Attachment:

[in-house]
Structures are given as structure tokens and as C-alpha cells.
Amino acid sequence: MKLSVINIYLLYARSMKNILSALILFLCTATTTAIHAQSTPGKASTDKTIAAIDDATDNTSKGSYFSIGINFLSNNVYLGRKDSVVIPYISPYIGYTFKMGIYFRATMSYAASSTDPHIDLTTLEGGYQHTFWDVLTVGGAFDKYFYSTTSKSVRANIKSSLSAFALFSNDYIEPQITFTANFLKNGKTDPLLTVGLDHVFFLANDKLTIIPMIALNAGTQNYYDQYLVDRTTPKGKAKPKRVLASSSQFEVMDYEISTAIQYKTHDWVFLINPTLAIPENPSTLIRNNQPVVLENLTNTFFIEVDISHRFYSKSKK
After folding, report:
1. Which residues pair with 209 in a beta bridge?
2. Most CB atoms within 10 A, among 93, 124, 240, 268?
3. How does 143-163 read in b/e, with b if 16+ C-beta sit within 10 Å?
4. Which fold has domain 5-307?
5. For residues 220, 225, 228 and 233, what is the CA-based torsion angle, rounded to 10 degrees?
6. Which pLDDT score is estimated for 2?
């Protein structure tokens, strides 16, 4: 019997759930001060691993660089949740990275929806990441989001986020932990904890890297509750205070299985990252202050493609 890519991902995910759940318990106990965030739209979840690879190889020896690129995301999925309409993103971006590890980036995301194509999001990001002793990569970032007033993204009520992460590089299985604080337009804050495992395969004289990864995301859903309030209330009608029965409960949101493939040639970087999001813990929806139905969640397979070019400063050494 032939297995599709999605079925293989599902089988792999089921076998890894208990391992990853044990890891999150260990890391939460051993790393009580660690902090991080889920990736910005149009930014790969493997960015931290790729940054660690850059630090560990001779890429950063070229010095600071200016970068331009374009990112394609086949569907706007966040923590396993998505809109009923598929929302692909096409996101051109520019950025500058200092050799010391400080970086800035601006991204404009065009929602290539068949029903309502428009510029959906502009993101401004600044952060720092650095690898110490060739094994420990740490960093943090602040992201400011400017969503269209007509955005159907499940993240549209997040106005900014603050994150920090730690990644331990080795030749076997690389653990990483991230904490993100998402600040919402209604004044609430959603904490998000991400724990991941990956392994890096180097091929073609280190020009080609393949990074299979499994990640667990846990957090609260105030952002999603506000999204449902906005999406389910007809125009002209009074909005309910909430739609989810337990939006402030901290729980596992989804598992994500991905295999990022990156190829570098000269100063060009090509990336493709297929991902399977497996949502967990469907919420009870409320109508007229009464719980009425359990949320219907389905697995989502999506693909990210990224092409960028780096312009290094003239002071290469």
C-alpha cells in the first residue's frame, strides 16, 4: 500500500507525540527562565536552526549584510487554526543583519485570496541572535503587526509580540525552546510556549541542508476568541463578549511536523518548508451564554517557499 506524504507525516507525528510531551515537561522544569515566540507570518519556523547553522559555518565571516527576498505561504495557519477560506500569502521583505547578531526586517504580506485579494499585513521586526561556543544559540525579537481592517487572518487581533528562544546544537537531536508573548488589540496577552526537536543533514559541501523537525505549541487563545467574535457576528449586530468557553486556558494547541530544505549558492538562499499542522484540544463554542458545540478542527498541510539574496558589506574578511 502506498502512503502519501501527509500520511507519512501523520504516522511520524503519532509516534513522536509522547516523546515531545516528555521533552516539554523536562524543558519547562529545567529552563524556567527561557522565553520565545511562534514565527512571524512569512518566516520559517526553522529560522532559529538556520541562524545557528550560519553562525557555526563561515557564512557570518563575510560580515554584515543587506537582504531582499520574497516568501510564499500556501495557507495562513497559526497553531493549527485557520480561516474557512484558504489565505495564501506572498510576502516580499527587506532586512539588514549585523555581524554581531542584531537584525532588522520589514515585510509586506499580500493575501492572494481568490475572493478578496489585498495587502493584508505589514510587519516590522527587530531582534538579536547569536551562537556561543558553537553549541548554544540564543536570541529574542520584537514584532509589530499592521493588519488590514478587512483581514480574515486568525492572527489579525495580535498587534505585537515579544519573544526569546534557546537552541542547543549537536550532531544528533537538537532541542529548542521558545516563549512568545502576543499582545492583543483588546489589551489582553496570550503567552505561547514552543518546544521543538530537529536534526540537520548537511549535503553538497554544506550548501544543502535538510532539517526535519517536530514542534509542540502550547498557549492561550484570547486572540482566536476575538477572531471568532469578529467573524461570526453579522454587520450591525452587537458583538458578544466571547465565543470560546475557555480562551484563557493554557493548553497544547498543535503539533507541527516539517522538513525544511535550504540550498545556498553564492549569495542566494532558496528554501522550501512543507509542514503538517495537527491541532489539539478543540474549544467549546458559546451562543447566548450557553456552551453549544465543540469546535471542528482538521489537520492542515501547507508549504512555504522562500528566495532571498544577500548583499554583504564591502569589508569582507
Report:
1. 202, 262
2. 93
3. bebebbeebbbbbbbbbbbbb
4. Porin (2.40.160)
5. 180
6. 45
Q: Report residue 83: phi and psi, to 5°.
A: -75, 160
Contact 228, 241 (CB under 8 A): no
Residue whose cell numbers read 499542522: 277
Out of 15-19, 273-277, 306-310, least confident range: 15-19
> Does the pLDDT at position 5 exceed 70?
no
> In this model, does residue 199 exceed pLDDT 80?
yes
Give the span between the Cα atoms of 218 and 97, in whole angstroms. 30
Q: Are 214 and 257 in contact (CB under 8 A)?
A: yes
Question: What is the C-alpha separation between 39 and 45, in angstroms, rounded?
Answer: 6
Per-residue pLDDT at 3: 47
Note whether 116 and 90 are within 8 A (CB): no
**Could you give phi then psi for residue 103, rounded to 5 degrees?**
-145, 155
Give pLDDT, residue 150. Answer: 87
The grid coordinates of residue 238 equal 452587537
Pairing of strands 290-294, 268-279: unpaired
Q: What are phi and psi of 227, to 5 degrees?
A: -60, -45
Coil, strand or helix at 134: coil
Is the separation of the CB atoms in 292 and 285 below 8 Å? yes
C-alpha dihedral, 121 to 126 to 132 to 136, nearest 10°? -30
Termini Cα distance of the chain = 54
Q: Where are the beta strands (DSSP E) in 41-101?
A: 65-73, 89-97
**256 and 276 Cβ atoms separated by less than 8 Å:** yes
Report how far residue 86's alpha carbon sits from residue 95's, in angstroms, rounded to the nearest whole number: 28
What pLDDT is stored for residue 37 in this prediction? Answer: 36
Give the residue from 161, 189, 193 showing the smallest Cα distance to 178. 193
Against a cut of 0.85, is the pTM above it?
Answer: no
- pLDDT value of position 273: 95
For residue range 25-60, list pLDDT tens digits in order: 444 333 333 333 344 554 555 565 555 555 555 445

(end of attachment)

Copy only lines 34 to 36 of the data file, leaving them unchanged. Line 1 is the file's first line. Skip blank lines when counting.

Per-residue pLDDT at 3: 47
Note whether 116 and 90 are within 8 A (CB): no
**Could you give phi then psi for residue 103, rounded to 5 degrees?**